Caption: What do you do?
John Duncan: I'm the UK Ambassador for Multilateral Arms Control and Disarmament, based in Geneva. But it's roving ambassador role so I work right across the world from Dublin to Wellington to New York. And so I've used digital diplomacy as an addition to what we do in a traditional sense and found it to be a real multiplier.
Caption: Does this replace traditional diplomacy?
JD: Well I think that there are things that we would do normally. I'll give you an example. In multilateral diplomacy there's a lot of coffee shop diplomacy, where people will go and ask: "what's the UK position?" and they want it quietly, not in the public speeches that may last 10 or 20 minutes, they want a quick snapshot. And what I've used the blog for is to actually have that conversation virtually. So people have become used to going to the blog to find out what is a snapshot of the UK view in the way that we might have a coffee shop conversation. So it's replacing something that we actually do, and I probably have less coffee shop conversations as a result, but I think that's quite productive.
Caption: Do diplomats read blogs?
JD: I think now people are much more familiar with this sort of technology. It's true that there are some traditionalists who would still prefer to have that coffee shop conversation. But I don't think it replaces the working lunch longer conversation. It's a very quick snapshot: what is the UK thinking on this particular issue?
Caption: Who reads your blog?
JD: Well it's always difficult to get a feel for that. It's interesting that it's being used as a public information tool by people rather than for comments. There are the cognoscenti who come in and ask very detailed and complex questions. But most of the readers I'm aware of are colleagues, both in the Foreign Office but also in multilateral communities. I'm aware that many delegations from Iran to Ireland are reading it regularly. And if I get something wrong they will pick it up and say "you didn't get that right" so they are using it as a public information tool.
Caption: Do you read other blogs?
JD: Well I certainly read the comments, although I said there aren't that many - its much more a push factor rather than a pull factor. And yes I do read other blogs and I've used Twitter as a way of finding through into people who are saying interesting things on the issues that I'm following professionally.
Caption: Is Twitter appropriate for diplomacy?
JD: Well it's a very new tool and I think it's finding it's own way. There are people who seem to spend their time explaining what they're doing like "I'm stuck in a lift". I'm not sure that's a particularly useful use of the medium. What I've used it for is as a marketing tool for the blog and it's been spectacularly effective in terms of going into the press. I've had press interviews as a direct result of that, I've had media comment which is quoting Twitter, worldwide. So as a media tool and a marketing tool for the blog, then yes I think it is effective.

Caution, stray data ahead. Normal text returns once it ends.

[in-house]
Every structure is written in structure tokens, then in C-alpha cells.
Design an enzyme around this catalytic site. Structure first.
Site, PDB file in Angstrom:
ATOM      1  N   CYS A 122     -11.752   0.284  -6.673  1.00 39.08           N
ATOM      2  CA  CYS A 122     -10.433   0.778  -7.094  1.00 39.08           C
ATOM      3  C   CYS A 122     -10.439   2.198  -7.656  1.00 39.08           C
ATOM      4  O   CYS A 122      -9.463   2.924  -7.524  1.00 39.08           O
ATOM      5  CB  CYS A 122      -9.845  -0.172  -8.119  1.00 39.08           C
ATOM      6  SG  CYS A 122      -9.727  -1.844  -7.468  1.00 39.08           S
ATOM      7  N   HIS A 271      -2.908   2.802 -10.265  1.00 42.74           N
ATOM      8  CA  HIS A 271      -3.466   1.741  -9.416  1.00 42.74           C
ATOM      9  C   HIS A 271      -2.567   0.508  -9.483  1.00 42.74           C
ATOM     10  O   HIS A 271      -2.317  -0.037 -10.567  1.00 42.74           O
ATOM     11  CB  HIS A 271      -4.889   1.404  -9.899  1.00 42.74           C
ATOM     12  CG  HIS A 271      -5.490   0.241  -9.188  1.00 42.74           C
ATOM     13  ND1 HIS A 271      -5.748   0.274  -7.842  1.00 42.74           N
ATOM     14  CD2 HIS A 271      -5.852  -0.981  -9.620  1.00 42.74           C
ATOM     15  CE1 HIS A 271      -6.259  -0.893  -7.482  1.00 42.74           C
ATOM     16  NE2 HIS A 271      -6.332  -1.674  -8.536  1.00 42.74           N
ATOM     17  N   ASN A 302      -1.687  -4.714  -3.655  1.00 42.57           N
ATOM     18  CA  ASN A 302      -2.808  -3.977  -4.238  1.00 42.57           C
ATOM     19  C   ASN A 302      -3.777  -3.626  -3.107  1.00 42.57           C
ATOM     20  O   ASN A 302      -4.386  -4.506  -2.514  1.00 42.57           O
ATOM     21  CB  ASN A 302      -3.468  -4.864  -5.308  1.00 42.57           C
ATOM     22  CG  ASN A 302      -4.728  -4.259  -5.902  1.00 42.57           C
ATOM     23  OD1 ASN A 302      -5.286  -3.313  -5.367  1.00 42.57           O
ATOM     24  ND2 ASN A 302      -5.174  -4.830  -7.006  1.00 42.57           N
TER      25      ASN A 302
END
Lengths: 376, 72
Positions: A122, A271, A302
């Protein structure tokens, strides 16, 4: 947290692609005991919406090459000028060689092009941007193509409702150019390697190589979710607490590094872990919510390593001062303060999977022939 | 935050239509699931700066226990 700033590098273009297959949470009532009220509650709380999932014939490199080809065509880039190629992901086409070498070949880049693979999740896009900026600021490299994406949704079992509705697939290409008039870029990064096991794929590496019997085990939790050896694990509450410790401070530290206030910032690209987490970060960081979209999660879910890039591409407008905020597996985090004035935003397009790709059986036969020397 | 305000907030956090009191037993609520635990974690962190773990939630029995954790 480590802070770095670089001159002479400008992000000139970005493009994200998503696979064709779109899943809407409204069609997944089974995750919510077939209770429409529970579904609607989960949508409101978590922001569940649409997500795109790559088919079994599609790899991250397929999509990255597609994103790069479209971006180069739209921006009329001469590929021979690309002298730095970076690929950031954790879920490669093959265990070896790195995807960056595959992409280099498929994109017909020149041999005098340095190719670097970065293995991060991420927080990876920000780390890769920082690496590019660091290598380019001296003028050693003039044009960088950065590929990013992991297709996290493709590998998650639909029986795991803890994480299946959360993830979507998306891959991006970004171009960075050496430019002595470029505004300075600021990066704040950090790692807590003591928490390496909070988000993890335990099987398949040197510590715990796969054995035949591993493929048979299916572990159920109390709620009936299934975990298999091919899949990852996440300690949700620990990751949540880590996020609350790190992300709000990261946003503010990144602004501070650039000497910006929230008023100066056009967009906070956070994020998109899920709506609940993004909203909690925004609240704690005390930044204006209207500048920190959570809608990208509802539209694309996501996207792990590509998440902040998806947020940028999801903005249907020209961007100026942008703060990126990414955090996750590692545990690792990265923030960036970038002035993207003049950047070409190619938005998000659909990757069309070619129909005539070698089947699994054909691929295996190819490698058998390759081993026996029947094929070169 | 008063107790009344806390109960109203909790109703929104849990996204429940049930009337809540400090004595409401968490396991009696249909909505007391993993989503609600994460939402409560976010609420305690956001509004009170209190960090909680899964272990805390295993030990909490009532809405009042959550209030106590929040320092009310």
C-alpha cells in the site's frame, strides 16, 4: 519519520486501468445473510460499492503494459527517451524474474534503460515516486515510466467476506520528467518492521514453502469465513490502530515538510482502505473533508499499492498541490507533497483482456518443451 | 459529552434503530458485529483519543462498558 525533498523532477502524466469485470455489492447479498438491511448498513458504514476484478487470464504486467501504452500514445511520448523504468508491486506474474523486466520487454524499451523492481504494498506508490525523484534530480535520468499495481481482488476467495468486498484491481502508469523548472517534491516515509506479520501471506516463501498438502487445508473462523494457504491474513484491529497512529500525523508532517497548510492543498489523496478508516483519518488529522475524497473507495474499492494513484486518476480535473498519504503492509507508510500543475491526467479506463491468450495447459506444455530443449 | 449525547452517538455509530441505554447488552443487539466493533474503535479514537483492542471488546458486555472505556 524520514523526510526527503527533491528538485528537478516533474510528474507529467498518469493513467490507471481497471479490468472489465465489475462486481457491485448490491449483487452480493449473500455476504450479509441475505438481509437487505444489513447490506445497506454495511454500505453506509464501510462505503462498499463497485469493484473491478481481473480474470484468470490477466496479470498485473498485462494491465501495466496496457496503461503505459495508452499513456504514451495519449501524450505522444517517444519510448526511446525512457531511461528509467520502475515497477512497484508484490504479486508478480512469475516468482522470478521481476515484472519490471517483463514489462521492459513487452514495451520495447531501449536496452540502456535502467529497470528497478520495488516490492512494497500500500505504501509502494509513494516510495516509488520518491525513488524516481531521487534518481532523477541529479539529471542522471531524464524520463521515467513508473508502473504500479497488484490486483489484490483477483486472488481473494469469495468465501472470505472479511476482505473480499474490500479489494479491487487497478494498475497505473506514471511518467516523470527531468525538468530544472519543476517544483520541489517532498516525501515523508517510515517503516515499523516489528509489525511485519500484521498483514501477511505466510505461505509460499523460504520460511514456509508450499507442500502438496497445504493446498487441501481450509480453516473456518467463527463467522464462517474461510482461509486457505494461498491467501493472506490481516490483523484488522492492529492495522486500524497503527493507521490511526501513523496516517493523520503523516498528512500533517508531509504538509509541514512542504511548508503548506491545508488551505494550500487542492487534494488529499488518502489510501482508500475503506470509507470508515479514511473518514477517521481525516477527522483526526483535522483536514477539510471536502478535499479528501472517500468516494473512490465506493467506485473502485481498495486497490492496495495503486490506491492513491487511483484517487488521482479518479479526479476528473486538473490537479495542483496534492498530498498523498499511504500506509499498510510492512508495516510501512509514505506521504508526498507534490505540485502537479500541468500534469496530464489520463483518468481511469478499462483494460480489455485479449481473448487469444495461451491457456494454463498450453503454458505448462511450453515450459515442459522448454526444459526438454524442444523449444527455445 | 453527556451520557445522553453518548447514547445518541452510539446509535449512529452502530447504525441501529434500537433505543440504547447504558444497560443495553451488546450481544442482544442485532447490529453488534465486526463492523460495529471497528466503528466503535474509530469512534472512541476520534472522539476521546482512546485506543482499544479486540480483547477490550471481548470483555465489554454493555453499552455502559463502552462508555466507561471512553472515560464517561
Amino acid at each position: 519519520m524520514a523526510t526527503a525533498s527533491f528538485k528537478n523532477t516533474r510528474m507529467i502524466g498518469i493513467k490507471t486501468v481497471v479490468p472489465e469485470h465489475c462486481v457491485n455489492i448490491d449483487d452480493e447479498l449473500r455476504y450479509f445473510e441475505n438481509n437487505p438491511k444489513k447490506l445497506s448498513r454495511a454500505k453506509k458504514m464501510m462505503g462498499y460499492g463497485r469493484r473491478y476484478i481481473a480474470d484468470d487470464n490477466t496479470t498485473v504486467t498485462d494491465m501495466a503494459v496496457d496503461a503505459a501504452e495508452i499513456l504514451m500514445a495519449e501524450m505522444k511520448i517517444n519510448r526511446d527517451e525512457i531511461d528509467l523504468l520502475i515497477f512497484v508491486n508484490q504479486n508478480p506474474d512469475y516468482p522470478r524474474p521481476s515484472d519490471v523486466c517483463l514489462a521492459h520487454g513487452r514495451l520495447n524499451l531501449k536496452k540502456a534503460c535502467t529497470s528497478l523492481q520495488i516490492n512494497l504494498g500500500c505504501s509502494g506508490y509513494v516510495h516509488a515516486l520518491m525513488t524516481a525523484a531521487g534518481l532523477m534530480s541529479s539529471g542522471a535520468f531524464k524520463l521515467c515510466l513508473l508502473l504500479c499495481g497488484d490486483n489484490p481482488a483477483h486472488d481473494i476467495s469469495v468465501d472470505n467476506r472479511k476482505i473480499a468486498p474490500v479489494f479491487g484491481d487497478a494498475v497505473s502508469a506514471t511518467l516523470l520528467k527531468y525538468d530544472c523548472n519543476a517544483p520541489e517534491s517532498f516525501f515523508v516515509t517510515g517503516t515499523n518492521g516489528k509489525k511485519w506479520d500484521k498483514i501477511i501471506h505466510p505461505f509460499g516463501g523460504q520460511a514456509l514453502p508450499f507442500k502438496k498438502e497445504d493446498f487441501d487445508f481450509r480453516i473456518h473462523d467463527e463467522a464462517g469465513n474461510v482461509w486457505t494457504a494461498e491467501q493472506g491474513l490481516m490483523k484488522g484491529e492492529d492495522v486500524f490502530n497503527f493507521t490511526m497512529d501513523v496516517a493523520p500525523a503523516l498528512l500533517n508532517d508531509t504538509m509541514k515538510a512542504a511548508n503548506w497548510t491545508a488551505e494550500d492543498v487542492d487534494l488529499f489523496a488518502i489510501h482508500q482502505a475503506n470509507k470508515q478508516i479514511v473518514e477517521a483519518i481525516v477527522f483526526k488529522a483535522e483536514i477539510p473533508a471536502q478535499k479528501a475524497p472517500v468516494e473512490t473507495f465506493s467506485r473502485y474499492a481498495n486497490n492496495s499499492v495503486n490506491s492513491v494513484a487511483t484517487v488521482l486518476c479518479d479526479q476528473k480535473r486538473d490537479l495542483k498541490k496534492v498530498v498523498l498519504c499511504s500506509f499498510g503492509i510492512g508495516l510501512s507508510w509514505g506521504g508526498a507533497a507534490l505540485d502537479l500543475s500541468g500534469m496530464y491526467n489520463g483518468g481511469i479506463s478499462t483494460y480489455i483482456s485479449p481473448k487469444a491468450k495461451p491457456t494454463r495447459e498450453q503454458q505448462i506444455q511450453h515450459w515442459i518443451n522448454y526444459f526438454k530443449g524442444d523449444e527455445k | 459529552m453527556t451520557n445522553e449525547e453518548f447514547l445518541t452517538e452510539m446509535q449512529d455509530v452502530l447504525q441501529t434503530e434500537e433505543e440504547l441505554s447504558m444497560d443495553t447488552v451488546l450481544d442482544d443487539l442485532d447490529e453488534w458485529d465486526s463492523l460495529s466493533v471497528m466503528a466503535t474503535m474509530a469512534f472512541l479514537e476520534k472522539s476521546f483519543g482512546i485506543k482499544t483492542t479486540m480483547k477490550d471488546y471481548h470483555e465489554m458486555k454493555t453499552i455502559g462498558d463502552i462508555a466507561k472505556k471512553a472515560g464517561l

Caption: How do you find the time?
JD: Well I think we all have moments of the day when we have down time. It can be when you're in the car or on the train. Or even when I'm in my meetings or listening to speeches - of course many of these are written and I can read a speech in 5 minutes and it probably takes 20 to speak. And then what am I doing? Well I can use that time. I can go on to my laptop or the iPhone and find out what other people are saying and also comment on the issues that interest us. So I'm using the down time more productively than I could do otherwise.
Caption: How can we help others do this?
JD: Well I think we have presumed competence as ambassadors, but I think that we do need to get some training on this. I'm quite prepared to take risks and explore this with the digital diplomacy team. But I'm very conscious that it's easy to make mistakes, particularly easy to make mistakes if one is using Twitter because it's much shorter and snappier. And you have to preserve that authority of an ambassador, you can't undermine it. So I think some training on mistakes and things to do and how to actually use this new medium in a productive way, I think that's the best thing the Foreign Office can do.
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We hosted a digital diplomacy event in King Charles Street today: an invited audience, a panel of digital diplomats including John Duncan, Mark Kent, Philip Barclay, Allex Ellis, David Warren and me, and Rory Cellan Jones chairing.
Others have already written about it elsewhere - and you can watch clips on our Bringing Foreign Policy Home rolling record - so I won't describe it here.
I really like the idea of running physical events for digital champions and bloggers. Bloggers often welcome the opportunity to move from the virtual to the physical. And of course, if you invite a load of bloggers to an event, you do so in the knowledge that they are likely to blog about it soon afterwards. So the event doesn't really feel over when people leave the room.